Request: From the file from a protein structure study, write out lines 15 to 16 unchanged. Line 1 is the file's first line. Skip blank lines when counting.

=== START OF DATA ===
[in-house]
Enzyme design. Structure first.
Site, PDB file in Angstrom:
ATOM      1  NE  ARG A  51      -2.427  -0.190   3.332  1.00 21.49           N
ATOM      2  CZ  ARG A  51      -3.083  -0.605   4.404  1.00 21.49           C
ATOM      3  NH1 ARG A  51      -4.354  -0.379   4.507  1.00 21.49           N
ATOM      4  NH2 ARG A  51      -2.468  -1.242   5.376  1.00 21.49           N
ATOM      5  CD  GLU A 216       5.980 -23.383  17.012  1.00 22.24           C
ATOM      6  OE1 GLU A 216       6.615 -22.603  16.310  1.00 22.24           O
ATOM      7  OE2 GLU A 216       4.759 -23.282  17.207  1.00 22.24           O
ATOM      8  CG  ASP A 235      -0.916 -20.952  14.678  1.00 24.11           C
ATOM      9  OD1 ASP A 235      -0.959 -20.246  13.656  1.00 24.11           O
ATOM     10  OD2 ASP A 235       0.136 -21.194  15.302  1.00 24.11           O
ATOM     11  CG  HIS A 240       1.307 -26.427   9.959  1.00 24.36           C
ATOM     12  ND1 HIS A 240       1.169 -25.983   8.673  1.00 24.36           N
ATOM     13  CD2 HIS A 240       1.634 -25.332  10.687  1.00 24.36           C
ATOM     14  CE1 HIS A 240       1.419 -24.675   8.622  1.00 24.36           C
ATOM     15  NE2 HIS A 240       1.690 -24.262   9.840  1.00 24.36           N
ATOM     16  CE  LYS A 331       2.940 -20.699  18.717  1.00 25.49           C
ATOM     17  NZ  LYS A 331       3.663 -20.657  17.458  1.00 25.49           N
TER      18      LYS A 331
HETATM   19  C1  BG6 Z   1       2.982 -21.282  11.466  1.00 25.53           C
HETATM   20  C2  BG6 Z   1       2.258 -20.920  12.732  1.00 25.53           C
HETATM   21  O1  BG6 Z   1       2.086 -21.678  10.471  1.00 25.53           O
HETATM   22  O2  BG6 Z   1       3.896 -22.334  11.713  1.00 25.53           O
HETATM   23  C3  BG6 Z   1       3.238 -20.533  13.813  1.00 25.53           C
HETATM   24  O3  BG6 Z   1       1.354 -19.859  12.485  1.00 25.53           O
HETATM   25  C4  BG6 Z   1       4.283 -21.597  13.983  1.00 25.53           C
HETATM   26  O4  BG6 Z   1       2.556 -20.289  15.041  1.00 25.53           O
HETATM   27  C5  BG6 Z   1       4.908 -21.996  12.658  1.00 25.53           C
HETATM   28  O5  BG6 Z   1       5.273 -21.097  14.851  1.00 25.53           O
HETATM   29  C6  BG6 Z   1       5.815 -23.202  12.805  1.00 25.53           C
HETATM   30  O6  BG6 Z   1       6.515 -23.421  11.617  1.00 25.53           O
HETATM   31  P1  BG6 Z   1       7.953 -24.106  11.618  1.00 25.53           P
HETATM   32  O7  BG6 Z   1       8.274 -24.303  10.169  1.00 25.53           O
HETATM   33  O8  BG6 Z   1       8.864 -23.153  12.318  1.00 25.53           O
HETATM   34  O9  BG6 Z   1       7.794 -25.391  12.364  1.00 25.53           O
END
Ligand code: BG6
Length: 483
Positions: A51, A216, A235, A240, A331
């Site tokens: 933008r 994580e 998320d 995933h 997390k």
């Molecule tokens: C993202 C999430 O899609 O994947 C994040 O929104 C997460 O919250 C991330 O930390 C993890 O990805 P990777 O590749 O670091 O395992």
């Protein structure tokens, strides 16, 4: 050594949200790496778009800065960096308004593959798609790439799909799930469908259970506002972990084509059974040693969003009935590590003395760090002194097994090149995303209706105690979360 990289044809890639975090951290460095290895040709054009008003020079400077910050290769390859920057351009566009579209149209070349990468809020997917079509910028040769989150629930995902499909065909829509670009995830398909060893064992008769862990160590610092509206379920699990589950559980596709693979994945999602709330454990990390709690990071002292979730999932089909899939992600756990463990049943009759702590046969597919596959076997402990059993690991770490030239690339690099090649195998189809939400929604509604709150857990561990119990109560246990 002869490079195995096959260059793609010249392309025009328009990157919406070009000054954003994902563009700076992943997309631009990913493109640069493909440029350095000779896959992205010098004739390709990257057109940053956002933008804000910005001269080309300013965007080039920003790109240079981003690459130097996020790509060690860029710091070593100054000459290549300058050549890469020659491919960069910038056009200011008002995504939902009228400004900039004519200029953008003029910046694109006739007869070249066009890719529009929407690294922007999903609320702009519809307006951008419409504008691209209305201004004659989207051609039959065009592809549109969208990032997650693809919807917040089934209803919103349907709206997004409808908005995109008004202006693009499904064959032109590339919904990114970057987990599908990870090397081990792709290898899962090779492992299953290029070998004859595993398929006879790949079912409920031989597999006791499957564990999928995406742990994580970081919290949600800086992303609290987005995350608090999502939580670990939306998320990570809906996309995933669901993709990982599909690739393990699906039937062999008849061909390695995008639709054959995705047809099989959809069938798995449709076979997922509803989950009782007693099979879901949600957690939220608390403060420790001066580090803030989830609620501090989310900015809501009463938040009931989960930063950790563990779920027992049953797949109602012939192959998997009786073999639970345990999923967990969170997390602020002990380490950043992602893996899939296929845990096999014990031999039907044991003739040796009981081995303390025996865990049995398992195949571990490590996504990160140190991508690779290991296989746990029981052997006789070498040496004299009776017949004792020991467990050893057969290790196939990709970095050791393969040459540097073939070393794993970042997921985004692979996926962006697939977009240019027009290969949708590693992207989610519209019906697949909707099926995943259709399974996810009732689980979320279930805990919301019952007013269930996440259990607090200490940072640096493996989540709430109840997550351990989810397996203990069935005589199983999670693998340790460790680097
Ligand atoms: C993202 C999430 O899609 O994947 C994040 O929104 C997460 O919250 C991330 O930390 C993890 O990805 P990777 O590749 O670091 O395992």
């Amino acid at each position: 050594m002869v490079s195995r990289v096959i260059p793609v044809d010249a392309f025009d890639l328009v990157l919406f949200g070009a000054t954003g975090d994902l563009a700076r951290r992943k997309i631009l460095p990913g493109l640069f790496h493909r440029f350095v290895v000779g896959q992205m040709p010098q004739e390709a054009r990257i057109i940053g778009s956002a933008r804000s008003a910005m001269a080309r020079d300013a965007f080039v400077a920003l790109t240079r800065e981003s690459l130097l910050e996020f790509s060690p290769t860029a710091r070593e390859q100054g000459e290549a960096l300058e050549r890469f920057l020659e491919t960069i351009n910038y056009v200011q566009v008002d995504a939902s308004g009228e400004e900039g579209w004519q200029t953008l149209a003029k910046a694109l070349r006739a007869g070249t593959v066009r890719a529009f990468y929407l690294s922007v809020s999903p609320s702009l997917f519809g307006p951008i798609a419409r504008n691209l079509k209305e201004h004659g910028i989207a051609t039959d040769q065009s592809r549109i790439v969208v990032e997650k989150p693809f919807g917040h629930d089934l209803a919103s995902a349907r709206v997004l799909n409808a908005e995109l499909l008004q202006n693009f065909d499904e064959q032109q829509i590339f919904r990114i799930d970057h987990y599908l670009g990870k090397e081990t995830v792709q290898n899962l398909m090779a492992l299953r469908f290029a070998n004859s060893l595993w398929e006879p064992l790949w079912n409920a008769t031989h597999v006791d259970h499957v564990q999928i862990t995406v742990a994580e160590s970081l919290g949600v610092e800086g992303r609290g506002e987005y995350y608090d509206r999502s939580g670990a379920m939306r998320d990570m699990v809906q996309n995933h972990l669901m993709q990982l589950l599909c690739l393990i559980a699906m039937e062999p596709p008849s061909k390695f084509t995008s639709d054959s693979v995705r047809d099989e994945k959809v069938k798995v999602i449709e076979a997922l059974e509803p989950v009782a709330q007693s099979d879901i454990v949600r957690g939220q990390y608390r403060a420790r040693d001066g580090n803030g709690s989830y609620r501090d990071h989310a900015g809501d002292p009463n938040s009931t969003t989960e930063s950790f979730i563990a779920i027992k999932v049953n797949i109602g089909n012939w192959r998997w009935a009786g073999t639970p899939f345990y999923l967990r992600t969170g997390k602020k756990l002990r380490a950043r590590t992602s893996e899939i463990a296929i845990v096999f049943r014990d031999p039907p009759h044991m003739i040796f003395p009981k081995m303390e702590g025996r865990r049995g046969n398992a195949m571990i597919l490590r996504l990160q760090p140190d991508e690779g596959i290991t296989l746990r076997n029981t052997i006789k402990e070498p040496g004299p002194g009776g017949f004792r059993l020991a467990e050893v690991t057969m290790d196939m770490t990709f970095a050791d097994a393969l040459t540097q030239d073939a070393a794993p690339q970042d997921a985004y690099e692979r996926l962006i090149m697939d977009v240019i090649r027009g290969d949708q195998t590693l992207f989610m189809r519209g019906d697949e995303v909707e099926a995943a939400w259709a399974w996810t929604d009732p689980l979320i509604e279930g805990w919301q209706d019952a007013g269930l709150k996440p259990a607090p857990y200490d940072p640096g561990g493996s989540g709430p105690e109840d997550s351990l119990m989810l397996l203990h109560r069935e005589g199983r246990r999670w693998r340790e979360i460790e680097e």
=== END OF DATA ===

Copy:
ATOM     12  ND1 HIS A 240       1.169 -25.983   8.673  1.00 24.36           N
ATOM     13  CD2 HIS A 240       1.634 -25.332  10.687  1.00 24.36           C